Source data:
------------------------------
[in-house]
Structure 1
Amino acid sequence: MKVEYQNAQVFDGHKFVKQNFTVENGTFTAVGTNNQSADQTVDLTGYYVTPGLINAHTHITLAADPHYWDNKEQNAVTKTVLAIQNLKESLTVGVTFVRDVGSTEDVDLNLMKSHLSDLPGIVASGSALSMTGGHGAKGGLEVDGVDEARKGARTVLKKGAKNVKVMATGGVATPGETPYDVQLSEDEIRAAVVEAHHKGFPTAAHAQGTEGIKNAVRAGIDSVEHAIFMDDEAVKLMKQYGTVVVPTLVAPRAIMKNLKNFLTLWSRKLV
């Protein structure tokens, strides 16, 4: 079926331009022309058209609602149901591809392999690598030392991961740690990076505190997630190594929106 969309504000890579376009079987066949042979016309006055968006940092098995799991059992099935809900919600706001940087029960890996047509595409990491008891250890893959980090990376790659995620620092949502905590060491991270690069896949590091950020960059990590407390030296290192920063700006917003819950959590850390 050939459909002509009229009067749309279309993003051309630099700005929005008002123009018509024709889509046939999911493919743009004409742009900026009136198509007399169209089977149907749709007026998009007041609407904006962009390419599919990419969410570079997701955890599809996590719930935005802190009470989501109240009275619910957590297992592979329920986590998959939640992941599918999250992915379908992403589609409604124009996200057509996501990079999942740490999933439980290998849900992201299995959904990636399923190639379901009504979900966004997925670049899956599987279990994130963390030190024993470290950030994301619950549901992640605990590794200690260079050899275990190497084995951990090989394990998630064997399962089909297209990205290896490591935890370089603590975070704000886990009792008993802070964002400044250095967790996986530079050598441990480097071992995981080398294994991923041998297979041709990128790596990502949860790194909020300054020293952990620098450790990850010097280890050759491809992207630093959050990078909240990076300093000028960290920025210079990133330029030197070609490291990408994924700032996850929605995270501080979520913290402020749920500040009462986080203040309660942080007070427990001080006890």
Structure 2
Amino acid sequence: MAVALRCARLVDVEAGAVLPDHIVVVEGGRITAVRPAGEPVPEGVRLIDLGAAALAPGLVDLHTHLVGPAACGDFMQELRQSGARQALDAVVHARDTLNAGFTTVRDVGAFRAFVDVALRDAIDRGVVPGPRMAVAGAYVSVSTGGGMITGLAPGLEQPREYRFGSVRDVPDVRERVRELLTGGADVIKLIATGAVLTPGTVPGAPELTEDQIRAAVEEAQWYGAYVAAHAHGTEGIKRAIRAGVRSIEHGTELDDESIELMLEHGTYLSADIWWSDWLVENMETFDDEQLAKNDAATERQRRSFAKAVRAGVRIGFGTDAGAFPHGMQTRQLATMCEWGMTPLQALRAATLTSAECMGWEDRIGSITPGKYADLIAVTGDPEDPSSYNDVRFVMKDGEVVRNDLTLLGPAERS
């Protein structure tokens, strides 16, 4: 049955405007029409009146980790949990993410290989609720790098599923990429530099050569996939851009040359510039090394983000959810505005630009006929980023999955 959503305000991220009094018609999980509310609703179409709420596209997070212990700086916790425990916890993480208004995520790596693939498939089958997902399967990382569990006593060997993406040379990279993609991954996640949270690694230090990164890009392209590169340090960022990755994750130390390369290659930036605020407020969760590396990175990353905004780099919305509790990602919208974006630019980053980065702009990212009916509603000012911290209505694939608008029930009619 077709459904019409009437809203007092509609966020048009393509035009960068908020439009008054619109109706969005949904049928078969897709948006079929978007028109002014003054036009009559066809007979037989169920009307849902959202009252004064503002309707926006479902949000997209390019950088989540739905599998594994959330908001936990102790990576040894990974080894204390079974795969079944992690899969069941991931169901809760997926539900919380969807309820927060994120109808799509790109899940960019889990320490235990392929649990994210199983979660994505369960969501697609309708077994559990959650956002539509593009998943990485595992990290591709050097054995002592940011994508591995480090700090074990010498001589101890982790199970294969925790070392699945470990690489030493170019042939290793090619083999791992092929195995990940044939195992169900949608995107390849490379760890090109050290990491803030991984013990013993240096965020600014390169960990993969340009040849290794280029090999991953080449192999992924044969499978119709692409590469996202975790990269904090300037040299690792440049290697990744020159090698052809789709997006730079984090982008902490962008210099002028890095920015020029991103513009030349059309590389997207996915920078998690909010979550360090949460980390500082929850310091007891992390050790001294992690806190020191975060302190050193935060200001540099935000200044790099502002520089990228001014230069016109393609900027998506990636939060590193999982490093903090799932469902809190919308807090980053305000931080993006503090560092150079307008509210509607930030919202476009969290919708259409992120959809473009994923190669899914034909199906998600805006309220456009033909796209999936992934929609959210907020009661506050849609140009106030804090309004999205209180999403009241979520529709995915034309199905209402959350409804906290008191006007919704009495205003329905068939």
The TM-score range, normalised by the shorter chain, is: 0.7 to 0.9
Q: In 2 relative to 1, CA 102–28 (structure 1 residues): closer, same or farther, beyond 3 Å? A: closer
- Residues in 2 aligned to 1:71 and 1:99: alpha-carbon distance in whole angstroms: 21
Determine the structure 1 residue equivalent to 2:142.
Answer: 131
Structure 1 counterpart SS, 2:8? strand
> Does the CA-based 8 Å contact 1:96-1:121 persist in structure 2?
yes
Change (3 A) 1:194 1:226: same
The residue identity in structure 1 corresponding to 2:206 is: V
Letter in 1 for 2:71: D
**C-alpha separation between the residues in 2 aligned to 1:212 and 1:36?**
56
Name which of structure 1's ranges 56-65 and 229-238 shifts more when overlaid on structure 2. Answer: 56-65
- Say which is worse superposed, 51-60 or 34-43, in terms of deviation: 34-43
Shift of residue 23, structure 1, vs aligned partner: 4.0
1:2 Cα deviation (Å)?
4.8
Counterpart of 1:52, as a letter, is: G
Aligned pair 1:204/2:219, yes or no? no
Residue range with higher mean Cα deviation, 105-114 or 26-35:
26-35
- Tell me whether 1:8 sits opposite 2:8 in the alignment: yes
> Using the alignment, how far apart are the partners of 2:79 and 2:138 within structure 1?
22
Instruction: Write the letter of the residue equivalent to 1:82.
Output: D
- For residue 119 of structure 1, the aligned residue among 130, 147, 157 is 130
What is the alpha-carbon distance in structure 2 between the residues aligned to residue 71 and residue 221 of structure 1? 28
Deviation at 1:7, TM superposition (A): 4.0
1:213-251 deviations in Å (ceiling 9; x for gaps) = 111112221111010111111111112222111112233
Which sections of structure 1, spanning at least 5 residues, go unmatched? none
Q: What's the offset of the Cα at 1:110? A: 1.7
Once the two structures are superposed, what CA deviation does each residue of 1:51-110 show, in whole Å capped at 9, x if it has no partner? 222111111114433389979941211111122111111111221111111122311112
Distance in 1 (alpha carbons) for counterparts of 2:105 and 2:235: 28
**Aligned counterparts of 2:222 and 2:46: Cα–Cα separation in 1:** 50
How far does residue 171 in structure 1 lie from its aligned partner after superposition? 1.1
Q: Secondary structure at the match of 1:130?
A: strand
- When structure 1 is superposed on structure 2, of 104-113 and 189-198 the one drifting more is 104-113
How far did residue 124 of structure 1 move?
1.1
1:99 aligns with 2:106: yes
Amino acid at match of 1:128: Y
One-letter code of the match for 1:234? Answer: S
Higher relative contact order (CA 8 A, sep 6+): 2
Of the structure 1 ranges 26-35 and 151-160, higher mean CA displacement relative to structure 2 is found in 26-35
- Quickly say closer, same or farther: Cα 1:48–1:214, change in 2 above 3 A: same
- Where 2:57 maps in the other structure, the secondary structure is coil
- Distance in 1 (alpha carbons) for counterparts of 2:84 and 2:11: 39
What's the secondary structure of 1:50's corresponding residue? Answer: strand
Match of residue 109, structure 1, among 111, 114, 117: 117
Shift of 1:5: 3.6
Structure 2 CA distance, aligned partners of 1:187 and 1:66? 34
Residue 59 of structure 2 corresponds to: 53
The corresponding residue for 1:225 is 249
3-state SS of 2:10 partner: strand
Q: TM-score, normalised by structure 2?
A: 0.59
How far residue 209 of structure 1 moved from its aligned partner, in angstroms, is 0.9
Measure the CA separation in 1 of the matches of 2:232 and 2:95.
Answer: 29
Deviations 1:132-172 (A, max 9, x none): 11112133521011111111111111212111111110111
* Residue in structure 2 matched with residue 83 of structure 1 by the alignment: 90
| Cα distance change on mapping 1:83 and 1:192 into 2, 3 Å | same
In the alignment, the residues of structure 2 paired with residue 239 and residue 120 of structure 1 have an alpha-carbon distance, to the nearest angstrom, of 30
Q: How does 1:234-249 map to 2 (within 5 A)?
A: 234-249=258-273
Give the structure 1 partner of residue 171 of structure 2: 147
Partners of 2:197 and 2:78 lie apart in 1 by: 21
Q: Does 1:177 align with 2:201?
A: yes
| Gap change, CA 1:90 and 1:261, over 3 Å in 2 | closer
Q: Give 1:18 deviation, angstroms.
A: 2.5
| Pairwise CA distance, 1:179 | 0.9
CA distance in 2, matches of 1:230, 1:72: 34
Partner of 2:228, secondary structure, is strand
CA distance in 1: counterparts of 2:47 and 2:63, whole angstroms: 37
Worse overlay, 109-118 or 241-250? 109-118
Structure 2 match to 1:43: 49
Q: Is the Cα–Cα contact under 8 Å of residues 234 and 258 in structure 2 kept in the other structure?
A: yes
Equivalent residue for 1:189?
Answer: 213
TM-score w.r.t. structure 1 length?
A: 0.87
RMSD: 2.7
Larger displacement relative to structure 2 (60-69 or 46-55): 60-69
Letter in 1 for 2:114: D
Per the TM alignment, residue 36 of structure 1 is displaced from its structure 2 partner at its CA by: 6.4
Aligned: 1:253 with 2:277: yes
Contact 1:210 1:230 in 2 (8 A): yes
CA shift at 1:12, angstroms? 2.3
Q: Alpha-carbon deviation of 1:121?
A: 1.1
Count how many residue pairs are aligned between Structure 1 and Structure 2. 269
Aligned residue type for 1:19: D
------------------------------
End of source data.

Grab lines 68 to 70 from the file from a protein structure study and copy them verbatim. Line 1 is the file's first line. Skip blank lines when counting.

Measure the CA separation in 1 of the matches of 2:232 and 2:95.
Answer: 29
Deviations 1:132-172 (A, max 9, x none): 11112133521011111111111111212111111110111